On an island saturated with dance music and nightclubs, there's arguably no party keeping the true spirit of Ibiza alive quite like DJ Harvey's Mercury Rising. Held at Pikes Ibiza’s iconic Freddie’s Room, the party series showcases a variety of styles, predominantly the emotive and euphoric Balearic sounds that helped establish Ibiza as a hedonistic haven during its formative years. Yet with Harvey at the controls for his 6-hour sets, there's a unique touch that allows the material to feel as fresh as ever. Now five years since its inception, Mercury Rising is regarded as a quintessential session delivering the essence of feel-good dance music in Ibiza.
DJ Harvey's history with the White Isle traces back decades, which makes him one of the most reliable artists within the community. He's seen the culture shift and evolve over the years, but he says one thing has remained constant, "it’s been party-central for a couple thousand years, and it still is."
With so much buzz surrounding his nights, we sat down for an intimate chat with DJ Harvey to uncover what's fueling his passion at Mercury Rising. Here we also get his thoughts on disco’s place in today’s dance music industry, how he feels about punters chasing after his secret DJ weapons and try to get him to share some hedonistic memories from his time with Tony Pike.
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Mixmag: How does it feel to be celebrating 5 years of the Mercury Rising party?
Harvey: Feels absolutely great! I’ve just finished my season for this year, and it was a huge success. It ran like clockwork with no major stop signs, everyone’s happy, worked out great, and we’re feeling positively super.
M: Were there any obstacles that you had to overcome to establish your vision of Mercury Rising?
H: There’s been some minor issues, mostly technical stuff - getting the system right, the lighting right, stuff like that... We also remodeled our space at Pikes, which was actually Freddy Mercury’s private suite back in the day. So we partially remodeled that space, it was quite a small, intimate venue already, but we knocked a wall down and flattened out the floor to make a little room. But that was a couple years ago.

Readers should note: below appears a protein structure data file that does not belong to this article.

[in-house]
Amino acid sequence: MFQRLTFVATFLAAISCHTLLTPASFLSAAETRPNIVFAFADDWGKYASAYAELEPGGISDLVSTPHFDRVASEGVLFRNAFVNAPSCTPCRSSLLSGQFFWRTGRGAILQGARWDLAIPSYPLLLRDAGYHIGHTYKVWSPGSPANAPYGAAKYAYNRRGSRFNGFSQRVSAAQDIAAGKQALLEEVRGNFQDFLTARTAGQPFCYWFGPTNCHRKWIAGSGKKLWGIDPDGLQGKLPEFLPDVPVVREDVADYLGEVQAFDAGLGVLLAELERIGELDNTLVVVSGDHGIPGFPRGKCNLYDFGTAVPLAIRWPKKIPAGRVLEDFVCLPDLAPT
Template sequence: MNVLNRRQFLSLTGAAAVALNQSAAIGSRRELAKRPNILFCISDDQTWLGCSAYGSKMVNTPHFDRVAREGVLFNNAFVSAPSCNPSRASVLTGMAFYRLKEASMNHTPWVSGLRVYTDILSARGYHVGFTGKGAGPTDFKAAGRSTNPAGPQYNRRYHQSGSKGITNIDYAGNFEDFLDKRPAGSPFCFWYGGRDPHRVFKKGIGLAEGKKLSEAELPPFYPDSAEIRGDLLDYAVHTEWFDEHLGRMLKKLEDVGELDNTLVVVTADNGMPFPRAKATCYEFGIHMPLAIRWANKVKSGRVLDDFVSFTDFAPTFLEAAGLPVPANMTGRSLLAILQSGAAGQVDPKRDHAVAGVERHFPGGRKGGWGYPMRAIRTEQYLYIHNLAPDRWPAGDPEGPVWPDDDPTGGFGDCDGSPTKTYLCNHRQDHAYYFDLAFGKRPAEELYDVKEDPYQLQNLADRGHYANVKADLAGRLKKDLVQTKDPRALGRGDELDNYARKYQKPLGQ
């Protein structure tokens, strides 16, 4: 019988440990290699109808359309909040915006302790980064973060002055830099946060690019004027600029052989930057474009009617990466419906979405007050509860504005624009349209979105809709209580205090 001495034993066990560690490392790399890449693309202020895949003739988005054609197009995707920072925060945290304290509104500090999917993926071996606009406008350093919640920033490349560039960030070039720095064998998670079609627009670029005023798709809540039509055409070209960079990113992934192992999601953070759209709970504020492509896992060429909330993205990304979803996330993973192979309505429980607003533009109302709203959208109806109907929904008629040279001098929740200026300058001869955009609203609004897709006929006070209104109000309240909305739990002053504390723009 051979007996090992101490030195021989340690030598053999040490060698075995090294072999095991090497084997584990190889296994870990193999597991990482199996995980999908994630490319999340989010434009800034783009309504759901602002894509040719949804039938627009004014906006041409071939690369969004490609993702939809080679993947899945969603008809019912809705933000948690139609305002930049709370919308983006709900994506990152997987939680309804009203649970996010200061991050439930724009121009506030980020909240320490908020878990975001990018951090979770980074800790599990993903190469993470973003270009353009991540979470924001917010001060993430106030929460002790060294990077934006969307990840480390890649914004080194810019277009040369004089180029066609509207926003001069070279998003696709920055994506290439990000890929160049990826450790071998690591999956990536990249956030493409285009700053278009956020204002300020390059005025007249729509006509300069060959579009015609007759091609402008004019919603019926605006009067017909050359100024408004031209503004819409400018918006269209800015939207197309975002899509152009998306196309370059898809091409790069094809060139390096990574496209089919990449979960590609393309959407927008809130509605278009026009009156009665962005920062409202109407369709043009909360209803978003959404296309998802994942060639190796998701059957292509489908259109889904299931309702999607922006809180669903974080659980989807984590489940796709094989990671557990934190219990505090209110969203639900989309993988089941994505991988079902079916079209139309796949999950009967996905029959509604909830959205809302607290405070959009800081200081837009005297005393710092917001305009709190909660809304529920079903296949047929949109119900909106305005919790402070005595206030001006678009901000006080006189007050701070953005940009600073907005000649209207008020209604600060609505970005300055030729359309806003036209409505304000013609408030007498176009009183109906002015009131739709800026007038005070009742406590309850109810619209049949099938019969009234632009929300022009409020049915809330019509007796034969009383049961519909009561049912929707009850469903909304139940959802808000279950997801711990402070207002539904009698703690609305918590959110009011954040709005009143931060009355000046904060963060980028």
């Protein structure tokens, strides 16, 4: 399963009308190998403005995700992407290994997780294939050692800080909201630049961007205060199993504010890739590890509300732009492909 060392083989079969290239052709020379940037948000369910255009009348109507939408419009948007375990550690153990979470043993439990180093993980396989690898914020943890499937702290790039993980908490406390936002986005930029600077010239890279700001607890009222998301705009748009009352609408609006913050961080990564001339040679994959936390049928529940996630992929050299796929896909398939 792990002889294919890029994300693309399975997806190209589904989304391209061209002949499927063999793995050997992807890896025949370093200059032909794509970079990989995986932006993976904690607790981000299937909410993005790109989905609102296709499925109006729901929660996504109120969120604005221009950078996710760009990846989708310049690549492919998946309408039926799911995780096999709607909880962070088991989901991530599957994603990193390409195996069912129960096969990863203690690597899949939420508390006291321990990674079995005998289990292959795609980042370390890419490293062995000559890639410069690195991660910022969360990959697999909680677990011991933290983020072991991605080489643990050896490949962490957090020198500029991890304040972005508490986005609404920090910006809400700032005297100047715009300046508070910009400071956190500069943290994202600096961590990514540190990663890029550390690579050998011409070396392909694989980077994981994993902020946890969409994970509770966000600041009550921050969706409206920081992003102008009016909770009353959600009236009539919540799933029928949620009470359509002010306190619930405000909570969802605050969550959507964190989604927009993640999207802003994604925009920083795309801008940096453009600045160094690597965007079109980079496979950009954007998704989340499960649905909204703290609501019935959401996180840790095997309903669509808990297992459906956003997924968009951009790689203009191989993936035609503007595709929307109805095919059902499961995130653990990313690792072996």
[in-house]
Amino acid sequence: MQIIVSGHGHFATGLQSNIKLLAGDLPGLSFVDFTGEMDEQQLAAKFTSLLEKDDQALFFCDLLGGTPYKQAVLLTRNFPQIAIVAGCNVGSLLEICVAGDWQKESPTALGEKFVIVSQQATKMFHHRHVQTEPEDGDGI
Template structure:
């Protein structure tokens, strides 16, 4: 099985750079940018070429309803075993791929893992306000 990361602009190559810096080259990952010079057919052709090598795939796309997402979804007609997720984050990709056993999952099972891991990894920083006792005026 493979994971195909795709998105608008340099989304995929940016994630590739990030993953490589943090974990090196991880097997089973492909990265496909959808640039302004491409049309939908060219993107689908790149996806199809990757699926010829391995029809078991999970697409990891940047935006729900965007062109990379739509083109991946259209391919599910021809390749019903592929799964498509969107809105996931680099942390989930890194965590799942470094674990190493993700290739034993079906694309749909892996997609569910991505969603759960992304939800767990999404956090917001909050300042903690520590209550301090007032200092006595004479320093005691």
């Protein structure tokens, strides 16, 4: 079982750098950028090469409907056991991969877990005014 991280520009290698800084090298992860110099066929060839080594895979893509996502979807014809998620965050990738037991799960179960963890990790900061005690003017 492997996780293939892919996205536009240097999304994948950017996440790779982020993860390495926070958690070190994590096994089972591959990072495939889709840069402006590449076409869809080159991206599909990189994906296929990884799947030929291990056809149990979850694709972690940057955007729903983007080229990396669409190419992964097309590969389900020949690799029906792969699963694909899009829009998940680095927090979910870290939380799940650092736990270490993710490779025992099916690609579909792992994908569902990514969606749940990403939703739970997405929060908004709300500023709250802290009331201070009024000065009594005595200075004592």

This year, like I say, literally ran like clockwork. The team and everything was already in place and we got to just show up and play some records. It worked out really, really well.
M: Can you describe some of your earliest memories at Pikes?
H: I’ve been going to Ibiza for pretty much 30 years now. I visited Pikes possibly on my first visit around 1990, but I was unaware of a lot of the history of the place at the time. Everyone knew it was the venue for Wham’s ‘Club Tropicana’ video, and Wham being a really iconic British pop group. Everyone in England knew who Wham was, so it was always very nice to sit in the same place as George and Andrew with a cocktail.
But you could feel it was a special place even then. So I regularly visited over the years, popping in for a drink or a party here and there up until the modern age, when Dawn Hindle and Andy McKay became the caretakers of Pikes during Tony Pike’s last few years on the planet. They invited me to come in and do my thing there.
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M: What was your relationship with Tony Pike like?
H: Really great, actually. It took him quite a few years to remember my name, but especially in the last five years with me being there on a regular basis for weeks at a time, we’d often have breakfast together and “talk story,” as it were. He was a pharaoh amongst men, in the party zone. Few people have lived a life as hedonistic as Tony Pike, I believe.
His life held more adversity than mine, so I wouldn’t really want to have been in his shoes. But he was definitely inspirational as a very graceful gentleman… definitely a lover, not a fighter. How he presented such an honorable and gentlemanly way to behave, even when you’re completely shitfaced, as it were - *laughs*.
M: Can you share any hedonistic memories from those days?
H: Most of them, I can’t share with you. Other than saying there was some very “grown-up fun” being had. That’s about it, really. (*laughs are shared*)
There’s a lot you couldn’t publish. Having just finished the season until the next one, all I can say is that if there’s a year to go, come and experience it for yourself. It can be quite tough on the organs. Put it that way. Go on some sort of Navy Seal boot camp training for the next 9 months, and you might be in good enough condition to live alongside me for a season in Ibiza.
M: So what’s the key to longevity for you?
H: Sleep. Plenty of sleep. Sleep and water. You’ll live forever. And smile! Smile at least once a day, and tell jokes. You know?
M: Can you describe your perspective about what has changed the most on the island?
H: That’s really difficult to say… because one of the things, the “Ibiza Syndromes” is what I call them, is the “Not Like It Used to Be Syndrome.” When I arrived 30 years ago, I was told it was not like it used to be. Then I did a bit of research, and found out there were people saying it’s not like it used to be during the 1950s! But after spending the past three decades on the island, I realized that nothing really changes there at all! It’s been party-central for a couple thousand years, and it still is.